GOP consultant David Winston, who advises House Republicans, said last year’s successful energy protest could prove a model for the new Republicans because it was focused on solutions and a clear choice rather than partisan attacks.
“Just simply being the ‘party of no’ is not the way to prove you can govern,” said Winston, who is also a Roll Call contributing writer. Republican leaders “believe if you are going to prove you are ready to govern, you better have something better as an approach.
“It’s not about defining your opponent per se, it’s about defining what the choice is,” Winston said. “That will produce a different tone as a result.”
Meanwhile, Senate Republicans also appear to be cooling their heels as they wait for Majority Leader Harry Reid’s (D-Nev.) next moves on the floor.
With a bare minimum of Senators — 41 — giving them the ability to filibuster, Republicans said they realize they cannot operate as they did in the 110th Congress, where they blocked many otherwise bipartisan bills because Reid would not allow GOP Senators to offer amendments.
“We’re outnumbered, and we’ve got limited resources. We’ve got to pick our battles,” one senior Senate GOP aide said.
That dynamic was on vivid display Sunday, when Reid forced a rare weekend vote on a package of lands bills that had been held up for years by Sen. Tom Coburn (R-Okla.). Coburn had attempted to get Reid to agree to a finite list of amendments, but Reid used procedural moves to block out any GOP proposals from being considered.
Last year, that tactic spelled instant death for the measure as it failed to garner enough votes to bring it up. But this time, nine Republicans joined all Democrats in rolling over Coburn’s objections.
“I don’t think that this was one our leaders wanted to pick a fight on, but I think there will be times that we will and we’re going to have to or this is going to become the norm rather than the exception,” said GOP Conference Vice Chairman John Thune (S.D.), who was the highest- ranking Republican leader to attend the vote.
One Republican Senator acknowledged that the absence of Minority Leader Mitch McConnell (Ky.) and other high-ranking GOP Senators on Sunday was a clear signal that Republicans were allowed to vote however they liked on the lands package — a stark departure from the past two years.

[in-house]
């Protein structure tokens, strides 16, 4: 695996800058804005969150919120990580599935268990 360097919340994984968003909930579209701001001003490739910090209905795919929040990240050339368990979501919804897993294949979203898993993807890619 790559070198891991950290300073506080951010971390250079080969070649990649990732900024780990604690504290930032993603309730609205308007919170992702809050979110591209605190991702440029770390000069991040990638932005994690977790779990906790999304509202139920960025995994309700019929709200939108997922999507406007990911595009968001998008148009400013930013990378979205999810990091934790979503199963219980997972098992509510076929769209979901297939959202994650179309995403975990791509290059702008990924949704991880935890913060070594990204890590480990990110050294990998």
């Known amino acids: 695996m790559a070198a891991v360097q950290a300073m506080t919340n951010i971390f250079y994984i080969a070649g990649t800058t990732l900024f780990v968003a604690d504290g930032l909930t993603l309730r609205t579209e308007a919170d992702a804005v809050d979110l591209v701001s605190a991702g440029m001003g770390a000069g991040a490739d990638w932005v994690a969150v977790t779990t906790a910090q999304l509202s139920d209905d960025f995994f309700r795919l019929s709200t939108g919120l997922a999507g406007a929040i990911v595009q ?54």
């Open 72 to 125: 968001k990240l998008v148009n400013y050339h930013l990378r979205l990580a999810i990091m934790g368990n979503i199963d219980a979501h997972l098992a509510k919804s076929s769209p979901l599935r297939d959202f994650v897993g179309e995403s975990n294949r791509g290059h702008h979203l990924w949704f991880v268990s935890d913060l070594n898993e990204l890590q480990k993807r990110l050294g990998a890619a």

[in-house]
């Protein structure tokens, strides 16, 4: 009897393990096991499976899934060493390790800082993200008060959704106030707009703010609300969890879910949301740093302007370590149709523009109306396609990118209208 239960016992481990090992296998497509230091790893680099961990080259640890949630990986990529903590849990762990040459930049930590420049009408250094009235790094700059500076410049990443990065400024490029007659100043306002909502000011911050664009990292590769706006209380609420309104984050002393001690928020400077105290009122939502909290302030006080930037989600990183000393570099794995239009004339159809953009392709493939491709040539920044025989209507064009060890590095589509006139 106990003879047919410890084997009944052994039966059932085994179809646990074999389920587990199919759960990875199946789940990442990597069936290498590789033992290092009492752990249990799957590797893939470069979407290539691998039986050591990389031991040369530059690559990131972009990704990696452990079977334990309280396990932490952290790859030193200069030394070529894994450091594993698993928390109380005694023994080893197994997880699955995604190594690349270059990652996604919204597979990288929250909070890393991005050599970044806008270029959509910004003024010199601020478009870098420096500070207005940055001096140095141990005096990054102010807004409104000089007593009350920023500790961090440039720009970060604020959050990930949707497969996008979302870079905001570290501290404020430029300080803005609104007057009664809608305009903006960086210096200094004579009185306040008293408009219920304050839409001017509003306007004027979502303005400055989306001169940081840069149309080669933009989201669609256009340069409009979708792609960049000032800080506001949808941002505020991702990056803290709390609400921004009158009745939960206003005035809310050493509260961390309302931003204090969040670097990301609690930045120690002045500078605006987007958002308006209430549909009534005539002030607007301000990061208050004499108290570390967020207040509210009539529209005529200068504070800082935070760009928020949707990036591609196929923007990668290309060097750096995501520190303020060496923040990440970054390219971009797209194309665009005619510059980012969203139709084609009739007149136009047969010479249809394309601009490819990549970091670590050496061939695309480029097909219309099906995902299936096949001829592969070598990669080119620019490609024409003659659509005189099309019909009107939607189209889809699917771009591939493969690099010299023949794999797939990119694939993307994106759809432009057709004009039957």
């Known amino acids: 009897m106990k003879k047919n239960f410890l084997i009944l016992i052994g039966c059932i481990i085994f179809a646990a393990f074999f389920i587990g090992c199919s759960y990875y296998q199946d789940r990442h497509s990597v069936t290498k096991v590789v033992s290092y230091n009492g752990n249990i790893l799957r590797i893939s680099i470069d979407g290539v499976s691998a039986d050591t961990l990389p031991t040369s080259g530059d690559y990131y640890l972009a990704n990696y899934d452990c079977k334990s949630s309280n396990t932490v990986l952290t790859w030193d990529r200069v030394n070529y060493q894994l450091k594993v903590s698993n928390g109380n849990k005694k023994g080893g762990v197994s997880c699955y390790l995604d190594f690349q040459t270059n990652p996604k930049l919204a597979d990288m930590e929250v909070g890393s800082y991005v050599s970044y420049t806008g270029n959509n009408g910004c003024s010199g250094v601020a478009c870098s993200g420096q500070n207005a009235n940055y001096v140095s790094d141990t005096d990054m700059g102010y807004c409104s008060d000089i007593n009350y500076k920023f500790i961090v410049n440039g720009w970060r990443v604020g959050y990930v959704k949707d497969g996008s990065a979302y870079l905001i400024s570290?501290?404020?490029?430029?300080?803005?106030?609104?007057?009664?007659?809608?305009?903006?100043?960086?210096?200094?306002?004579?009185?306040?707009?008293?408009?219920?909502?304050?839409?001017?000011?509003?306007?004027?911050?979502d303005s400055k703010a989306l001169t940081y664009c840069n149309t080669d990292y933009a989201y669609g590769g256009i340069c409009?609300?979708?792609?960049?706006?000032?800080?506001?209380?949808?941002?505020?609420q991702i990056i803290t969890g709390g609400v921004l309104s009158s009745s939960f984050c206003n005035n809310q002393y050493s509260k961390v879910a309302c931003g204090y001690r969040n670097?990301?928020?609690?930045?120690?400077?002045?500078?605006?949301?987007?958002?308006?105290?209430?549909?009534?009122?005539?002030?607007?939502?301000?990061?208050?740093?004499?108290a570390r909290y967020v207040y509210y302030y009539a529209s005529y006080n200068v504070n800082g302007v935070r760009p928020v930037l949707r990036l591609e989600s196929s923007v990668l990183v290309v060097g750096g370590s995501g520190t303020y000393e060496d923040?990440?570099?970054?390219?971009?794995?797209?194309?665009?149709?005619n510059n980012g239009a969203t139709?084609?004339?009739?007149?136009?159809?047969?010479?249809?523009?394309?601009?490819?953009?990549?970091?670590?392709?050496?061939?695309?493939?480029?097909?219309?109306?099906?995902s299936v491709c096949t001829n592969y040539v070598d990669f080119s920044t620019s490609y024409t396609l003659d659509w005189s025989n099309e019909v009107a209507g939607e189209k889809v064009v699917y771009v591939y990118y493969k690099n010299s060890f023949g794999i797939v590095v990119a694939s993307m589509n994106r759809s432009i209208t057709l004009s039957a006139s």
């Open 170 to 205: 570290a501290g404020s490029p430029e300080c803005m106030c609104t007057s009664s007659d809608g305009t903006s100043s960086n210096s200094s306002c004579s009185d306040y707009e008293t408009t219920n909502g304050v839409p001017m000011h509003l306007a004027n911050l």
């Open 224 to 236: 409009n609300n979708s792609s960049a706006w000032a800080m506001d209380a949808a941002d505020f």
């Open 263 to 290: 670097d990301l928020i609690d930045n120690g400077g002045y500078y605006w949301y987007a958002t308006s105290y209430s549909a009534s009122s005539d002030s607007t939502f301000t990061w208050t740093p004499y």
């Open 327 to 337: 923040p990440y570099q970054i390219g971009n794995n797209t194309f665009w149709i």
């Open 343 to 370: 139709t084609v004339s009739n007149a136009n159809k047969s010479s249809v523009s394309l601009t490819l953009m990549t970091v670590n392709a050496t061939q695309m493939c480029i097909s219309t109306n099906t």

And Republican Senators said they were not concerned that Reid appeared to be starting the 111th Congress like the 110th ended, despite Reid’s repeated promises to run the Senate floor in a more bipartisan manner.
“I could act like this was some big deal, but it’s been going on now for about four years,” Sen. Bob Corker (R-Tenn.) said of the long-standing feud between Reid and Coburn over the lands bill. “I do think that you will find unity on issues regarding protecting minority rights. I think you will definitely see that this year, but this one again, has a long history.”
A former GOP leadership aide said: “What we’re going to see right now is a period of every man for himself.”
The former aide explained that given their reduced numbers and Reid’s apparent willingness to use his majority to push through legislation, lawmakers will, at least in the short term, be more likely to abandon their traditional loyalty to the party if Democrats give them enough incentives.
In the case of the public lands package, Reid was sure to stock it with bills that had at least one Republican as a primary sponsor and that were a high priority in their home states.
A current GOP leadership aide acknowledged Democrats should generally be able to find a way to avoid a filibuster. “Anybody with a bill can find a way to get two votes,” the aide said.
Senate Republican Conference Chairman Lamar Alexander (Tenn.) indicated that he is waiting for Reid to show he is serious about allowing more GOP amendments on the floor this time around.
“This business of the Majority Leader using his authority to prevent amendments, to prevent debate, we hope we don’t see this” during the 111th Congress, Alexander said.
John Stanton contributed to this report.